Every year just before the holiday season we take a look at the customer database for the Lab Store – the online retail biz my wife runs – and see what’s up with 10x or more buyers.
I often prefer to look at “worst case” data when doing customer analysis; this way you don’t over-estimate the Potential Value of the business going forward. The beginning of the 4th Quarter is a good time to do this since “holiday” really hasn’t kicked in yet, so you don’t have those buying influences skewing the natural activity in the customer database.
At the end of September, we took a look at all customers, no matter when they became customers, who have purchased from us at least 10 times – a best customer analysis. Considering a “year” to be 9/30 to 9/29, we bucketed them by when their last purchase was – past year, 2 years ago, 3 years ago, 4 or more years ago (the business started 5 years ago).
Here are the results:
Last purchase date was in Percentage of all 10x or more Buyers
9/30/07 – 9/29/08 75%
9/30/06 – 9/29/07 12%
9/30/05 – 9/29/06 8%
9/30/04 – 9/29/05 5%
If this data is still confusing, the second line above would read, “Of all customers who have ever bought 10x or more, 12% last purchased in the period 9/30/06 – 9/29/07.
75% of the best, most productive customers (all else equal, like margins, service costs, etc.) we have ever had since the busines started are still active buyers with us.
Of course, this raises the question: What’s up with the rest of them?
When you segment like this, using the actual customer behavior, an analysis of each segment can be quite revealing. What you are seeing is essentially a LifeCycle model, the attrition pattern of these best buyers. No doubt some will come back, especially out of the “last year” 12% group, but here’s the thing – the longer they are inactive, the less likely they are to come back.
So if you’re going to “do something” with this 12% Recent best defector group, the time to do it is now, going into holiday season, because you have buying momentum running with you. That’s another reason we do this analysis at the end of September ;)
To optimize this action plan, you should know something about who these defectors are. And here is where people make a huge mistake: because they’re inactive buyers, or in the case of non-commerce sites, inactive visitors, they are not being surveyed by the usual survey pops.
Let me say that again: arguably the most important segment of the customer base, dis-engaging best customers, lacks voice under most approaches to VOC. You have to reach out proactively to these people and find out what you did wrong; otherwise you will just keep doing it wrong and continue to churn off your best customers / visitors.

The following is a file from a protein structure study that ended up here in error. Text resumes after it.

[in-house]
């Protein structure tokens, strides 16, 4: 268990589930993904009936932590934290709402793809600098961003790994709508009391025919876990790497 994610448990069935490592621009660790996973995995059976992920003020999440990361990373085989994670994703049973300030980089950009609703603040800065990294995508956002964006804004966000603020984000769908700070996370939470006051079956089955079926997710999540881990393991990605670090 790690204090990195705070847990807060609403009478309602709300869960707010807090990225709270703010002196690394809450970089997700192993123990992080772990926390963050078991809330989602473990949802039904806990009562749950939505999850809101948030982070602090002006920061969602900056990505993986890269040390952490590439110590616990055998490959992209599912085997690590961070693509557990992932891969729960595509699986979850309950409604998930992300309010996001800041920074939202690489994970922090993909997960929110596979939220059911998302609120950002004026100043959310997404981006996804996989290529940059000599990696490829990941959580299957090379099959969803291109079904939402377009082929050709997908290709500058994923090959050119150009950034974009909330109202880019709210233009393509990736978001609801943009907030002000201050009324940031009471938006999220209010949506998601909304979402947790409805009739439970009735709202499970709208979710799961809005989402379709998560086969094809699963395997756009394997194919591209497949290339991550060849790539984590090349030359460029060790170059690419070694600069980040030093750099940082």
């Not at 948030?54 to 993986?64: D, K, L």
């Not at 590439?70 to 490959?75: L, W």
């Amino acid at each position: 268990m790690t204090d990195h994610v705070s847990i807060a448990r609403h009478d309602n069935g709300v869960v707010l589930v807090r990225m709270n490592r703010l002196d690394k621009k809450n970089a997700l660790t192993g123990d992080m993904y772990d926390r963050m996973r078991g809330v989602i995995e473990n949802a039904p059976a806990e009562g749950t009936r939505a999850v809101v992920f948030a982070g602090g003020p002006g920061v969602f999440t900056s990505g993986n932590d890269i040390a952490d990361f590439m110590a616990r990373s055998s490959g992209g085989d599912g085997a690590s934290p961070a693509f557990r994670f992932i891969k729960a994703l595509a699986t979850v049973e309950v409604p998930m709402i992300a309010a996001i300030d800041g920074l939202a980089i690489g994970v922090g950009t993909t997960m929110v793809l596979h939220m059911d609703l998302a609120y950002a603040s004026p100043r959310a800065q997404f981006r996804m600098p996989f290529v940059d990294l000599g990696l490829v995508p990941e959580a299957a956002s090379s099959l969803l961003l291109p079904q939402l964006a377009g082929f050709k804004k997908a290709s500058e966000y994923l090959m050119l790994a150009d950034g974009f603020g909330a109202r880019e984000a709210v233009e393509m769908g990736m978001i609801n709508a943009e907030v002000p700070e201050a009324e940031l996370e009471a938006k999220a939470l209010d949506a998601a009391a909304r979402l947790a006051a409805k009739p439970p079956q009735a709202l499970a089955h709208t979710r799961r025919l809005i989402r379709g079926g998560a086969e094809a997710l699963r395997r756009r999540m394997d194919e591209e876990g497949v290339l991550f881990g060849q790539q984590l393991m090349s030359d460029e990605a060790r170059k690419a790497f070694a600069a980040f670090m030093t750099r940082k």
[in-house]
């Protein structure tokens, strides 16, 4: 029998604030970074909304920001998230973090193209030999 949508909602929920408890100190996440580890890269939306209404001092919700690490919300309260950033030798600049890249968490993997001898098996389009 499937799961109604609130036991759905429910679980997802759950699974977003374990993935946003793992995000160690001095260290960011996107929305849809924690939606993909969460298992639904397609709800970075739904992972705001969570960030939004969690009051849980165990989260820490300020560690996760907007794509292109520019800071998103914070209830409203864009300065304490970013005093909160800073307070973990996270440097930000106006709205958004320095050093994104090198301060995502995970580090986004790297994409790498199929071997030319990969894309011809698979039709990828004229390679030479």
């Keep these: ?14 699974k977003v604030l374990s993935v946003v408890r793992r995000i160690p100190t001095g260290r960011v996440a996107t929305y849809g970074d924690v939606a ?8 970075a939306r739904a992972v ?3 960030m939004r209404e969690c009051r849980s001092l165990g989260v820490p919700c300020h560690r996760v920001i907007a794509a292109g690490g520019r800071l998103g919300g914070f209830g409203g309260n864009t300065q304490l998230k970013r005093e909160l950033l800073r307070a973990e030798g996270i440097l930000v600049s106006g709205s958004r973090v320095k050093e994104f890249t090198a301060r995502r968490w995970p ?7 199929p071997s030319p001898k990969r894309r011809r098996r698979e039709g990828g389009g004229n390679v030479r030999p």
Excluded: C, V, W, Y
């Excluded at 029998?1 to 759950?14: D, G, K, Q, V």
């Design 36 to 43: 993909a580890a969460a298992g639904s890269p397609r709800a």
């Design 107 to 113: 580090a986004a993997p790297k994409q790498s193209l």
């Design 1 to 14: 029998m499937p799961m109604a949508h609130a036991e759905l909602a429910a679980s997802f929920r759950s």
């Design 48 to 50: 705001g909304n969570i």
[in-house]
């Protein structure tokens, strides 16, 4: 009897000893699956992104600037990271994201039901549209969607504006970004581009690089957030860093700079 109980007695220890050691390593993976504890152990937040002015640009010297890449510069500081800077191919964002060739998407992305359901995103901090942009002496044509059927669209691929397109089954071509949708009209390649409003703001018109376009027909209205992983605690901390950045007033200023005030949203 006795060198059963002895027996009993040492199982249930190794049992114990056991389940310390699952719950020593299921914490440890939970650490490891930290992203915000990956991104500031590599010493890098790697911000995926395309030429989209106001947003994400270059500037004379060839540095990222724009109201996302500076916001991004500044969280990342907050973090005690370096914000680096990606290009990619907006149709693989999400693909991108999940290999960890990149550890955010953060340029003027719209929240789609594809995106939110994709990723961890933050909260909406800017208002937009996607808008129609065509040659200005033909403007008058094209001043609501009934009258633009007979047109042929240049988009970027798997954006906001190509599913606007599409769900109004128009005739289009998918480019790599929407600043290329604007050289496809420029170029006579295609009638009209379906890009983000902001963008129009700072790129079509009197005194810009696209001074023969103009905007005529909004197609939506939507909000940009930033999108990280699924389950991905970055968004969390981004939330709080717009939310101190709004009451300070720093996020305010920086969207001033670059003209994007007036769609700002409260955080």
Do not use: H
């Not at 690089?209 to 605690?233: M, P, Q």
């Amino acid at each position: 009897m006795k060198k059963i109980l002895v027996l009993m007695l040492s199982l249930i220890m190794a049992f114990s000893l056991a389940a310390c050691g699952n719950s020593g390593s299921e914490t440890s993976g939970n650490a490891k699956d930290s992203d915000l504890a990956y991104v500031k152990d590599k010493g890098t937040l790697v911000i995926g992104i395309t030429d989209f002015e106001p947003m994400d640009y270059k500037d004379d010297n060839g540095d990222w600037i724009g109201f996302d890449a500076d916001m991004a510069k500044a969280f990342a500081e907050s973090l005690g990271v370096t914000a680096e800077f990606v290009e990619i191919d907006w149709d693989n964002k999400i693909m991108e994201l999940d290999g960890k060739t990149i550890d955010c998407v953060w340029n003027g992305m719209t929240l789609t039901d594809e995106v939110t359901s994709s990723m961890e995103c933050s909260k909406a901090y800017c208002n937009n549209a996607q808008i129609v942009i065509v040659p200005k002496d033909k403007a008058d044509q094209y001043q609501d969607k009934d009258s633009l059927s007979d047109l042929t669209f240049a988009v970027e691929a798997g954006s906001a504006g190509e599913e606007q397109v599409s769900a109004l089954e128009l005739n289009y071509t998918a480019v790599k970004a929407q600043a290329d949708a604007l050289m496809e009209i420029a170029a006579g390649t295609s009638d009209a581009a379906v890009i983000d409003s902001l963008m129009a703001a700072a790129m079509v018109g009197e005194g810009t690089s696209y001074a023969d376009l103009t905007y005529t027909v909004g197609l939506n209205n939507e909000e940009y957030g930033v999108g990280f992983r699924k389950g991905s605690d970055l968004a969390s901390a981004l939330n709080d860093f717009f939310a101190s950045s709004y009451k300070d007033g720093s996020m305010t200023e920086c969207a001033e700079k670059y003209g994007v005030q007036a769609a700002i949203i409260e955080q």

A segmentation technique that is very helpful in this kind of analysis is to think in terms of controllable and uncontrollable customer defection. Since the Lab Store is in the animal supplies business, the sale or death of the animal would create an uncontrollable defection – no amount of “Marketing” is going to get that customer back. Other examples of uncontrollable defection would be when a cable or local newspaper customer moves out of the area serviced by the company, or a manufacturer ceases to produce a line and no longer needs parts.
We know from previous surveys of these defectors this uncontrollable population is about 4% a year. So for each time span above, you can knock 4% off and get to the percent controllable defectors. These are the people you really want to know about, because they are actionable. So as far as the 12% “last year” group, it’s now about 8% of best buyers.
The first controllable defection trigger we would look for in the group would be Product. Product drives everything in a commerce model; it’s why you exist as a commerce entity, and is fundamental to the Brand Promise. If you have a product issue, no amount of Service or other drivers will fix the problem. So Product is where you start. Plus, you should have all the data you need, so it’s easier to get started on right away (no lag time).
Did these defecting best customers buy similar products which resulted in their defection? In other words, something about the packaging, pricing, or performance of the product may be defective. This type of analysis is how we discovered and cured the staple food problem.
The product analysis turned up an interesting trend, or non-trend, actually: while in general there were no hot spots among categories or products purchased by these folks, there was a surprising lack of purchases in the Toy category for the past year. My first question upon seeing this: what toys have they bought from us in the past?
The answer: All of them. About 70% of these defectors had purchased all the toys we carried at some point.